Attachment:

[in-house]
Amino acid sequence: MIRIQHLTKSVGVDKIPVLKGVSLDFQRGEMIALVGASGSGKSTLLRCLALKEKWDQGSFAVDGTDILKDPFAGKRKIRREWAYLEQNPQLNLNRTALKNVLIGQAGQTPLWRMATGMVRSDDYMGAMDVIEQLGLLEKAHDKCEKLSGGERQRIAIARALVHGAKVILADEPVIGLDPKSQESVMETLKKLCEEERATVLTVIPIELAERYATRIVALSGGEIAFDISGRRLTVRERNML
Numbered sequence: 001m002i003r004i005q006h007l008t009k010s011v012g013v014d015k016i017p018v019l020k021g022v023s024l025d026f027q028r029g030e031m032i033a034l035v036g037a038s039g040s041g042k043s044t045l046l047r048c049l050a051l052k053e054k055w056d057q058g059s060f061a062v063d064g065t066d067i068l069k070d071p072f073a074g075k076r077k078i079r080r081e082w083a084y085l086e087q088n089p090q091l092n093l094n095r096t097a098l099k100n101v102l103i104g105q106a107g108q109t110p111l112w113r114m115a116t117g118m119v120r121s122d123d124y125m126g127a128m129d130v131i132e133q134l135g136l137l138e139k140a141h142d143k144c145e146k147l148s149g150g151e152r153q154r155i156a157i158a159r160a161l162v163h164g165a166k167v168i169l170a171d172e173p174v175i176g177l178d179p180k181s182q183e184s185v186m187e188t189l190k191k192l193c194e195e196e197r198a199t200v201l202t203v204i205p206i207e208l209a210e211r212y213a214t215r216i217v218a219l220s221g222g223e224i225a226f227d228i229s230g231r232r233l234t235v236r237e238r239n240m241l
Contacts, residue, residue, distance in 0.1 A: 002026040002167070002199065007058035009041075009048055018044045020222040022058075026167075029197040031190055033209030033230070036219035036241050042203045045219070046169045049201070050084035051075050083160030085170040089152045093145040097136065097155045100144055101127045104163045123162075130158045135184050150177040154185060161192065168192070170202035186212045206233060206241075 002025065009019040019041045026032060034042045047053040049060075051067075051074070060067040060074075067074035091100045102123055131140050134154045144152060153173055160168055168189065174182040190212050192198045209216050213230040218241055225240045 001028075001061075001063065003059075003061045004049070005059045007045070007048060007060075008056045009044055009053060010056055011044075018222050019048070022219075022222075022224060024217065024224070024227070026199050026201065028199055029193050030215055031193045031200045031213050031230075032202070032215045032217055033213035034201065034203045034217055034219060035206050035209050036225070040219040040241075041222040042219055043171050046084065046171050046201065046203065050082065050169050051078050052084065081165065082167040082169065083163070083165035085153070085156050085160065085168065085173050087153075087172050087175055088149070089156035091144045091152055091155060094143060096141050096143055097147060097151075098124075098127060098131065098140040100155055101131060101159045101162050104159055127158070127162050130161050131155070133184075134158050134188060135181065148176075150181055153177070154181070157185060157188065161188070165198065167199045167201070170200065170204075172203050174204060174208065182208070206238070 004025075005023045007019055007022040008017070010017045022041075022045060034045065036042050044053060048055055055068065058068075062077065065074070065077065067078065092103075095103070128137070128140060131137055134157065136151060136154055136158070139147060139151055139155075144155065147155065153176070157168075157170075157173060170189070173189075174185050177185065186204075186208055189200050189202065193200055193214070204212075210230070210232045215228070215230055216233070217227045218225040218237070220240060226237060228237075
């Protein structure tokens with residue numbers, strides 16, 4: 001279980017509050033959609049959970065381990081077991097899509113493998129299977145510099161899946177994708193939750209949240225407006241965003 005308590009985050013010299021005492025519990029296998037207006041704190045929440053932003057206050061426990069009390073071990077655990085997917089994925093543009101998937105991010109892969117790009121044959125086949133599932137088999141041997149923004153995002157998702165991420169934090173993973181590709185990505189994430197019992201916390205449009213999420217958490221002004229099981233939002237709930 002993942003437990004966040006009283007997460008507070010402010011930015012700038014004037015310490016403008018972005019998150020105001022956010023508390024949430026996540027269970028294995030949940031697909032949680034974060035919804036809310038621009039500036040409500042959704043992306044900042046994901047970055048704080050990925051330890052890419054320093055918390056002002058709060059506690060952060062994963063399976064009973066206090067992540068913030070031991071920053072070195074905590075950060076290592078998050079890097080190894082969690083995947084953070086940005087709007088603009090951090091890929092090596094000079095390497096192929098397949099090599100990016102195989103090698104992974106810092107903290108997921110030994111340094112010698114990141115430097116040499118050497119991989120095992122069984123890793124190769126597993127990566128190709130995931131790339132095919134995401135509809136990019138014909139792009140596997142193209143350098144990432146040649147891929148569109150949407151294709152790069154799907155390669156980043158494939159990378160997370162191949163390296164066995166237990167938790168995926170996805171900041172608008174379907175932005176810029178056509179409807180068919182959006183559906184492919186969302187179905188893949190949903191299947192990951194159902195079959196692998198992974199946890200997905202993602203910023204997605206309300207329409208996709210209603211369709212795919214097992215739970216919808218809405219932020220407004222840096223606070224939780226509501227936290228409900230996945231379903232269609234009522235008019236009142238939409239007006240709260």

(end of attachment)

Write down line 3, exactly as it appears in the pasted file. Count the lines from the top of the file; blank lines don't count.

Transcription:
Numbered sequence: 001m002i003r004i005q006h007l008t009k010s011v012g013v014d015k016i017p018v019l020k021g022v023s024l025d026f027q028r029g030e031m032i033a034l035v036g037a038s039g040s041g042k043s044t045l046l047r048c049l050a051l052k053e054k055w056d057q058g059s060f061a062v063d064g065t066d067i068l069k070d071p072f073a074g075k076r077k078i079r080r081e082w083a084y085l086e087q088n089p090q091l092n093l094n095r096t097a098l099k100n101v102l103i104g105q106a107g108q109t110p111l112w113r114m115a116t117g118m119v120r121s122d123d124y125m126g127a128m129d130v131i132e133q134l135g136l137l138e139k140a141h142d143k144c145e146k147l148s149g150g151e152r153q154r155i156a157i158a159r160a161l162v163h164g165a166k167v168i169l170a171d172e173p174v175i176g177l178d179p180k181s182q183e184s185v186m187e188t189l190k191k192l193c194e195e196e197r198a199t200v201l202t203v204i205p206i207e208l209a210e211r212y213a214t215r216i217v218a219l220s221g222g223e224i225a226f227d228i229s230g231r232r233l234t235v236r237e238r239n240m241l